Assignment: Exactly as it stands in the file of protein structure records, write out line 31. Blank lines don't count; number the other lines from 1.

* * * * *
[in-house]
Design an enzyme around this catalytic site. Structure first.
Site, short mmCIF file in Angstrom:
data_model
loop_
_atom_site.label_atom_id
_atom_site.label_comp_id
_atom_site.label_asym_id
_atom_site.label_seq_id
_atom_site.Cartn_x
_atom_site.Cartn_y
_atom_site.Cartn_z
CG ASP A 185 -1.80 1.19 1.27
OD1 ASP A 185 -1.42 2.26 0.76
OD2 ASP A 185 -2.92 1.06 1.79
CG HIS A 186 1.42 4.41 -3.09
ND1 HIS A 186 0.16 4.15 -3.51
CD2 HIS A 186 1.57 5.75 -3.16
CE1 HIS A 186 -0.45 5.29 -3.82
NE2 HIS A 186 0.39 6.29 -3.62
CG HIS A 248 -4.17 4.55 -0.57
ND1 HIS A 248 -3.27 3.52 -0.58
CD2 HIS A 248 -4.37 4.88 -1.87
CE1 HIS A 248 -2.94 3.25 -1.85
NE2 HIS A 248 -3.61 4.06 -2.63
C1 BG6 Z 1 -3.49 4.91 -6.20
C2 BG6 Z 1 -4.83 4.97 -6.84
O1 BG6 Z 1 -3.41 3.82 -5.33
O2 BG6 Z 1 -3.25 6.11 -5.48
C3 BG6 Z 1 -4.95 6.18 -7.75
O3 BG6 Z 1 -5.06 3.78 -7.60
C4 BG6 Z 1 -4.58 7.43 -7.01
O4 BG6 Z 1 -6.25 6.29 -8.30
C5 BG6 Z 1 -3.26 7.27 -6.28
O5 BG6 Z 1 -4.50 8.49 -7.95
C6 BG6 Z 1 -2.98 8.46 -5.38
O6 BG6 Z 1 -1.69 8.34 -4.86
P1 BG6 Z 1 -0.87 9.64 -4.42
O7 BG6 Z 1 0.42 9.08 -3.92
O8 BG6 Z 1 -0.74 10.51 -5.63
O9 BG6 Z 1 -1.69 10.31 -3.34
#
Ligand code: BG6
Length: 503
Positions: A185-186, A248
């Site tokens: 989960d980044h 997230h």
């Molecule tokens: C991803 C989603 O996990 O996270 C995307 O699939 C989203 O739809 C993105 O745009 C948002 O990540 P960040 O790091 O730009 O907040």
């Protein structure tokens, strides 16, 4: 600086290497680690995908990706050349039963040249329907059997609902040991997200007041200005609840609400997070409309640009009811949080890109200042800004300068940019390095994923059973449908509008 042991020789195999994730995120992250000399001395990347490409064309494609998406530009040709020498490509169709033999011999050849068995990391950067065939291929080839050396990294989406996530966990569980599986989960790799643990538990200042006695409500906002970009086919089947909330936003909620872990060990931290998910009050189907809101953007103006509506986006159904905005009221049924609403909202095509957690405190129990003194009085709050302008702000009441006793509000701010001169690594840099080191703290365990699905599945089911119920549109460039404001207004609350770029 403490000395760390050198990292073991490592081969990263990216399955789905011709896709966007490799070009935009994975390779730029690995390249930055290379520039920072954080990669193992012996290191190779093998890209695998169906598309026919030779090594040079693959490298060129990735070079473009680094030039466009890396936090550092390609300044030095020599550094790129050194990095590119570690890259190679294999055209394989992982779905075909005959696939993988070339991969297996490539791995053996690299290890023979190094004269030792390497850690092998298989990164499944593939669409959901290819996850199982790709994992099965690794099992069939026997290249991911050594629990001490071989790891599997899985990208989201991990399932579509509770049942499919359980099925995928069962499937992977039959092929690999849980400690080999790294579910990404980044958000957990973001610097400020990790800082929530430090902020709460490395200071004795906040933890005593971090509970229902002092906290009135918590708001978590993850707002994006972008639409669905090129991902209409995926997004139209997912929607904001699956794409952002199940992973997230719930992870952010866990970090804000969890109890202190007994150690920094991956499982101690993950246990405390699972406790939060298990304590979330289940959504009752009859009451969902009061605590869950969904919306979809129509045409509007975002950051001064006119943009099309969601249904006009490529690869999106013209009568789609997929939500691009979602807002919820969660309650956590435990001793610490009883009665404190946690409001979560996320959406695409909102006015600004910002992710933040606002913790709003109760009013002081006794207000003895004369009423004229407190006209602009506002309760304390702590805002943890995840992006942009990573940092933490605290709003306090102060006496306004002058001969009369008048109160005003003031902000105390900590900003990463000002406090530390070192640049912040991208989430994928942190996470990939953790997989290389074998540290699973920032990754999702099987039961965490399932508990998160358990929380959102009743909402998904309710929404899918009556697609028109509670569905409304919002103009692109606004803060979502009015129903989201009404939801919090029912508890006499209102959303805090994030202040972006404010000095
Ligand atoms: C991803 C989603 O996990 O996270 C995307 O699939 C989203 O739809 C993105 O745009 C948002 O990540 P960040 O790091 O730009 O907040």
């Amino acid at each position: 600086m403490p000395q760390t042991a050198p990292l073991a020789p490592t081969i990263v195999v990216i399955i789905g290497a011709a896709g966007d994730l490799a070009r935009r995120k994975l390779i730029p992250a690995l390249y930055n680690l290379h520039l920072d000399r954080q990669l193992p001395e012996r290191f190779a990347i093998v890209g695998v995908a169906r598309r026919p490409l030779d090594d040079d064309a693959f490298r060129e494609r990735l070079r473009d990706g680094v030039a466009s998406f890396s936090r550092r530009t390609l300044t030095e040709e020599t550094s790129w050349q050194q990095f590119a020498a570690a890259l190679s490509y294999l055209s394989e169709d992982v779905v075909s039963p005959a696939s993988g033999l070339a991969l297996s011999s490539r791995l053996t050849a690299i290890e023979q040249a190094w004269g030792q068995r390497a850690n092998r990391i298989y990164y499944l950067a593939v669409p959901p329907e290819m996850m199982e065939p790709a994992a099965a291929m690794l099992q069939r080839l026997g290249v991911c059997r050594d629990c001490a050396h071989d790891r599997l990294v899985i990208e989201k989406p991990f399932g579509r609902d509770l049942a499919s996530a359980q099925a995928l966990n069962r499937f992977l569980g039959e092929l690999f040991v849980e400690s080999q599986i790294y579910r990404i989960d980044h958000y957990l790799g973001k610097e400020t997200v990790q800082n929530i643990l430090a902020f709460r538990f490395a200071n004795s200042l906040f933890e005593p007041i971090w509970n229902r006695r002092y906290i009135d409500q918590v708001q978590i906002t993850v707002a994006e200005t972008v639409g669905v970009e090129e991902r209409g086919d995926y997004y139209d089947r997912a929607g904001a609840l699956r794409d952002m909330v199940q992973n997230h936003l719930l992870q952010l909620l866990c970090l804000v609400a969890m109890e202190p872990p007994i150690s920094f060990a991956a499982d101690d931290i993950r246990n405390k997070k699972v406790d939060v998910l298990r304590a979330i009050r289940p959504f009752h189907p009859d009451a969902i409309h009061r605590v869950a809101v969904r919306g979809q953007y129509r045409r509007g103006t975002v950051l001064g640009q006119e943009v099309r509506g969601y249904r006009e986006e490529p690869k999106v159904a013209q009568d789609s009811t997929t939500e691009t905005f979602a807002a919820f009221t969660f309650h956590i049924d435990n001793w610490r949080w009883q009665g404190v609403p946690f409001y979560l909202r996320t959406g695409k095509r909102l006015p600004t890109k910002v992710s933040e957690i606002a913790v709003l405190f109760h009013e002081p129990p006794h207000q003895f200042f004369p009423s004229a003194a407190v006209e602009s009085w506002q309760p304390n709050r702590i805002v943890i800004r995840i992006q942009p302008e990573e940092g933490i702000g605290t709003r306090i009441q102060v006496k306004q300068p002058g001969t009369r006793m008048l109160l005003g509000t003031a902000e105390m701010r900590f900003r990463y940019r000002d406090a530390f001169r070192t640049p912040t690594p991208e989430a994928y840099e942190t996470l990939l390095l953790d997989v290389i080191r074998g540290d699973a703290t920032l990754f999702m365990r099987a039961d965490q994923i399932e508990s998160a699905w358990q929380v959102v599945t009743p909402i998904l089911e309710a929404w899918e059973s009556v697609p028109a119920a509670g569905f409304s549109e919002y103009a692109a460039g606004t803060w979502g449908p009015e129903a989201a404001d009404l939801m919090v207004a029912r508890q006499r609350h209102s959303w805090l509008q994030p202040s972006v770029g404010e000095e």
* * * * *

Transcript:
O3 BG6 Z 1 -5.06 3.78 -7.60